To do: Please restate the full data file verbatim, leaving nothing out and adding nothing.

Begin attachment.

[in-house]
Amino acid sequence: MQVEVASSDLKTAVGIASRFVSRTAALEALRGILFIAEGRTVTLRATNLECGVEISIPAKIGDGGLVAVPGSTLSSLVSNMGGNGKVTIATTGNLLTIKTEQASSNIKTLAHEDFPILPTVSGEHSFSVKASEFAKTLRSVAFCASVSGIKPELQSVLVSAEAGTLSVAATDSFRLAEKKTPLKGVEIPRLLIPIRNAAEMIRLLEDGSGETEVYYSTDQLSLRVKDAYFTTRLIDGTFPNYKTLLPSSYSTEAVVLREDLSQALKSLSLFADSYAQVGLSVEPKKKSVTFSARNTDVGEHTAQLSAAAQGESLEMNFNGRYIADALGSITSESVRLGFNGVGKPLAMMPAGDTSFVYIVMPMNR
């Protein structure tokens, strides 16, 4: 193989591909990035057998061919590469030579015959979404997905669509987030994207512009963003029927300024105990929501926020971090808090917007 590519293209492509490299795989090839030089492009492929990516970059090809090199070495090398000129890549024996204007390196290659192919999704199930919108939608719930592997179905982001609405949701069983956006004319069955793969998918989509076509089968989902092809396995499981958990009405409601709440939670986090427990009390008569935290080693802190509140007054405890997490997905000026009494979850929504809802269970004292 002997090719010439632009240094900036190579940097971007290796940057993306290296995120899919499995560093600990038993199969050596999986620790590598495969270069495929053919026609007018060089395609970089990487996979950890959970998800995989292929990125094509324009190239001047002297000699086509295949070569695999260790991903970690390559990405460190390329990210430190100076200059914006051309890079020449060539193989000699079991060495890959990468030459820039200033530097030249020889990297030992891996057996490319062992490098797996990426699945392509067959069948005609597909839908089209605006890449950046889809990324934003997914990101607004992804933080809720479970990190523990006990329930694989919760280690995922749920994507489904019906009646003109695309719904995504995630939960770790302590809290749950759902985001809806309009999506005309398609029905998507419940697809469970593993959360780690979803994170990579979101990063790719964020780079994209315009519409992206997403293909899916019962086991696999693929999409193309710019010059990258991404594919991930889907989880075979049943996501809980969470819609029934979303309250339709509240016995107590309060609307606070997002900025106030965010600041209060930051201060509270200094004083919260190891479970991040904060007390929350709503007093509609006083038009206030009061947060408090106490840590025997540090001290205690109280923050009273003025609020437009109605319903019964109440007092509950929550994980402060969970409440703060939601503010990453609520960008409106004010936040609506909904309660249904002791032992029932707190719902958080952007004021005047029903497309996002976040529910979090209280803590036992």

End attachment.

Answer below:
[in-house]
Amino acid sequence: MQVEVASSDLKTAVGIASRFVSRTAALEALRGILFIAEGRTVTLRATNLECGVEISIPAKIGDGGLVAVPGSTLSSLVSNMGGNGKVTIATTGNLLTIKTEQASSNIKTLAHEDFPILPTVSGEHSFSVKASEFAKTLRSVAFCASVSGIKPELQSVLVSAEAGTLSVAATDSFRLAEKKTPLKGVEIPRLLIPIRNAAEMIRLLEDGSGETEVYYSTDQLSLRVKDAYFTTRLIDGTFPNYKTLLPSSYSTEAVVLREDLSQALKSLSLFADSYAQVGLSVEPKKKSVTFSARNTDVGEHTAQLSAAAQGESLEMNFNGRYIADALGSITSESVRLGFNGVGKPLAMMPAGDTSFVYIVMPMNR
């Protein structure tokens, strides 16, 4: 193989591909990035057998061919590469030579015959979404997905669509987030994207512009963003029927300024105990929501926020971090808090917007 590519293209492509490299795989090839030089492009492929990516970059090809090199070495090398000129890549024996204007390196290659192919999704199930919108939608719930592997179905982001609405949701069983956006004319069955793969998918989509076509089968989902092809396995499981958990009405409601709440939670986090427990009390008569935290080693802190509140007054405890997490997905000026009494979850929504809802269970004292 002997090719010439632009240094900036190579940097971007290796940057993306290296995120899919499995560093600990038993199969050596999986620790590598495969270069495929053919026609007018060089395609970089990487996979950890959970998800995989292929990125094509324009190239001047002297000699086509295949070569695999260790991903970690390559990405460190390329990210430190100076200059914006051309890079020449060539193989000699079991060495890959990468030459820039200033530097030249020889990297030992891996057996490319062992490098797996990426699945392509067959069948005609597909839908089209605006890449950046889809990324934003997914990101607004992804933080809720479970990190523990006990329930694989919760280690995922749920994507489904019906009646003109695309719904995504995630939960770790302590809290749950759902985001809806309009999506005309398609029905998507419940697809469970593993959360780690979803994170990579979101990063790719964020780079994209315009519409992206997403293909899916019962086991696999693929999409193309710019010059990258991404594919991930889907989880075979049943996501809980969470819609029934979303309250339709509240016995107590309060609307606070997002900025106030965010600041209060930051201060509270200094004083919260190891479970991040904060007390929350709503007093509609006083038009206030009061947060408090106490840590025997540090001290205690109280923050009273003025609020437009109605319903019964109440007092509950929550994980402060969970409440703060939601503010990453609520960008409106004010936040609506909904309660249904002791032992029932707190719902958080952007004021005047029903497309996002976040529910979090209280803590036992």